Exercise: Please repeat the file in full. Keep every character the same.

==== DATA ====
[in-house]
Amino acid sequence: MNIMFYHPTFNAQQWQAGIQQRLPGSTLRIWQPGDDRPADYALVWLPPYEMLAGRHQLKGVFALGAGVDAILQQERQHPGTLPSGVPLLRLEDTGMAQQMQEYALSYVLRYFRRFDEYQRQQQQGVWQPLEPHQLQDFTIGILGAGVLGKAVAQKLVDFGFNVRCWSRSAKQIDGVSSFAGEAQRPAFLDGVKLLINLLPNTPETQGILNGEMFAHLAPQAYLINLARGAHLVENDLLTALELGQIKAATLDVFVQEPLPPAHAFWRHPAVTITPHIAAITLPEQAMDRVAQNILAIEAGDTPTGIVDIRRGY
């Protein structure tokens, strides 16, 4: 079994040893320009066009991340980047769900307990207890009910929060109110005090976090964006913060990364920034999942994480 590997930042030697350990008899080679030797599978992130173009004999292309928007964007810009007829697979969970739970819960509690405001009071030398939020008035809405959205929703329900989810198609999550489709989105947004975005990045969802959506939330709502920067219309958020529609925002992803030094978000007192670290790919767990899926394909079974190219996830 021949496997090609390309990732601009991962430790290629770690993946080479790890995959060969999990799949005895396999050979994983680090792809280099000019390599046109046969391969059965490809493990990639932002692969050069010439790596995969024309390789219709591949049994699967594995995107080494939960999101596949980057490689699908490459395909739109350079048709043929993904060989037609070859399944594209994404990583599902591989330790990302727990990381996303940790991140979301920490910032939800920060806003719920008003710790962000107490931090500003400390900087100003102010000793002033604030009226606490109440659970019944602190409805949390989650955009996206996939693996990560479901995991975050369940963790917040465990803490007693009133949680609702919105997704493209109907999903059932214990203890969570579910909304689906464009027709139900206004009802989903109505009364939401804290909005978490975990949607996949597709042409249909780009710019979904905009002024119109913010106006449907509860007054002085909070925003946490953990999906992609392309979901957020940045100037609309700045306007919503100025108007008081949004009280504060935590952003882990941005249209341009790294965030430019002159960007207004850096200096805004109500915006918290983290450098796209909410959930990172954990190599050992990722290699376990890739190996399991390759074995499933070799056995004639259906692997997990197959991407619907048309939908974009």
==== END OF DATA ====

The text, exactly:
[in-house]
Amino acid sequence: MNIMFYHPTFNAQQWQAGIQQRLPGSTLRIWQPGDDRPADYALVWLPPYEMLAGRHQLKGVFALGAGVDAILQQERQHPGTLPSGVPLLRLEDTGMAQQMQEYALSYVLRYFRRFDEYQRQQQQGVWQPLEPHQLQDFTIGILGAGVLGKAVAQKLVDFGFNVRCWSRSAKQIDGVSSFAGEAQRPAFLDGVKLLINLLPNTPETQGILNGEMFAHLAPQAYLINLARGAHLVENDLLTALELGQIKAATLDVFVQEPLPPAHAFWRHPAVTITPHIAAITLPEQAMDRVAQNILAIEAGDTPTGIVDIRRGY
């Protein structure tokens, strides 16, 4: 079994040893320009066009991340980047769900307990207890009910929060109110005090976090964006913060990364920034999942994480 590997930042030697350990008899080679030797599978992130173009004999292309928007964007810009007829697979969970739970819960509690405001009071030398939020008035809405959205929703329900989810198609999550489709989105947004975005990045969802959506939330709502920067219309958020529609925002992803030094978000007192670290790919767990899926394909079974190219996830 021949496997090609390309990732601009991962430790290629770690993946080479790890995959060969999990799949005895396999050979994983680090792809280099000019390599046109046969391969059965490809493990990639932002692969050069010439790596995969024309390789219709591949049994699967594995995107080494939960999101596949980057490689699908490459395909739109350079048709043929993904060989037609070859399944594209994404990583599902591989330790990302727990990381996303940790991140979301920490910032939800920060806003719920008003710790962000107490931090500003400390900087100003102010000793002033604030009226606490109440659970019944602190409805949390989650955009996206996939693996990560479901995991975050369940963790917040465990803490007693009133949680609702919105997704493209109907999903059932214990203890969570579910909304689906464009027709139900206004009802989903109505009364939401804290909005978490975990949607996949597709042409249909780009710019979904905009002024119109913010106006449907509860007054002085909070925003946490953990999906992609392309979901957020940045100037609309700045306007919503100025108007008081949004009280504060935590952003882990941005249209341009790294965030430019002159960007207004850096200096805004109500915006918290983290450098796209909410959930990172954990190599050992990722290699376990890739190996399991390759074995499933070799056995004639259906692997997990197959991407619907048309939908974009």